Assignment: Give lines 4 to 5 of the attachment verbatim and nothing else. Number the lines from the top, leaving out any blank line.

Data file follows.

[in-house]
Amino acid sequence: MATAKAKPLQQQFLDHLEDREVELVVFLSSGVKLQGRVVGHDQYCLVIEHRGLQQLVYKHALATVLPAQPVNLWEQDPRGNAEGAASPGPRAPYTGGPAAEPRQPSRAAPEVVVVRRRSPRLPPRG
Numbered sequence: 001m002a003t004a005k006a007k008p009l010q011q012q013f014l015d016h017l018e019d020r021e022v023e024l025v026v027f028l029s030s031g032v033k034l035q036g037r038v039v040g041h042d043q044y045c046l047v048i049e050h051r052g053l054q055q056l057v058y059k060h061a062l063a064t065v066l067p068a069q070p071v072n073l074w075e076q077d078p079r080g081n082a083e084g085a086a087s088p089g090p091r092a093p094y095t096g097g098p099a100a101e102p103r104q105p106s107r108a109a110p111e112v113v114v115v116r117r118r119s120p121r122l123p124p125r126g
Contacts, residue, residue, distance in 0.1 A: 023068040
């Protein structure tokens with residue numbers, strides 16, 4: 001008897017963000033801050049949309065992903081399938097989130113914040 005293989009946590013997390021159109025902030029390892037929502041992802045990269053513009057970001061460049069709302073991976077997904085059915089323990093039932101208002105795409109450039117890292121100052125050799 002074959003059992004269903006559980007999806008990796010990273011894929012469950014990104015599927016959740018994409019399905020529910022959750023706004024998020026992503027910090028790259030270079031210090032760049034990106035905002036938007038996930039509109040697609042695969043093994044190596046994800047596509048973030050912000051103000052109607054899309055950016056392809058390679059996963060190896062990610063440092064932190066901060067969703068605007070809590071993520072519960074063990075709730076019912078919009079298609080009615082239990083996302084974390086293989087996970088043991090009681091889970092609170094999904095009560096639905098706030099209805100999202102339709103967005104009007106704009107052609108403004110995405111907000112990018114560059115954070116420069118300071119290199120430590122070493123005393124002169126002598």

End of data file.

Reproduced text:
Contacts, residue, residue, distance in 0.1 A: 023068040
């Protein structure tokens with residue numbers, strides 16, 4: 001008897017963000033801050049949309065992903081399938097989130113914040 005293989009946590013997390021159109025902030029390892037929502041992802045990269053513009057970001061460049069709302073991976077997904085059915089323990093039932101208002105795409109450039117890292121100052125050799 002074959003059992004269903006559980007999806008990796010990273011894929012469950014990104015599927016959740018994409019399905020529910022959750023706004024998020026992503027910090028790259030270079031210090032760049034990106035905002036938007038996930039509109040697609042695969043093994044190596046994800047596509048973030050912000051103000052109607054899309055950016056392809058390679059996963060190896062990610063440092064932190066901060067969703068605007070809590071993520072519960074063990075709730076019912078919009079298609080009615082239990083996302084974390086293989087996970088043991090009681091889970092609170094999904095009560096639905098706030099209805100999202102339709103967005104009007106704009107052609108403004110995405111907000112990018114560059115954070116420069118300071119290199120430590122070493123005393124002169126002598």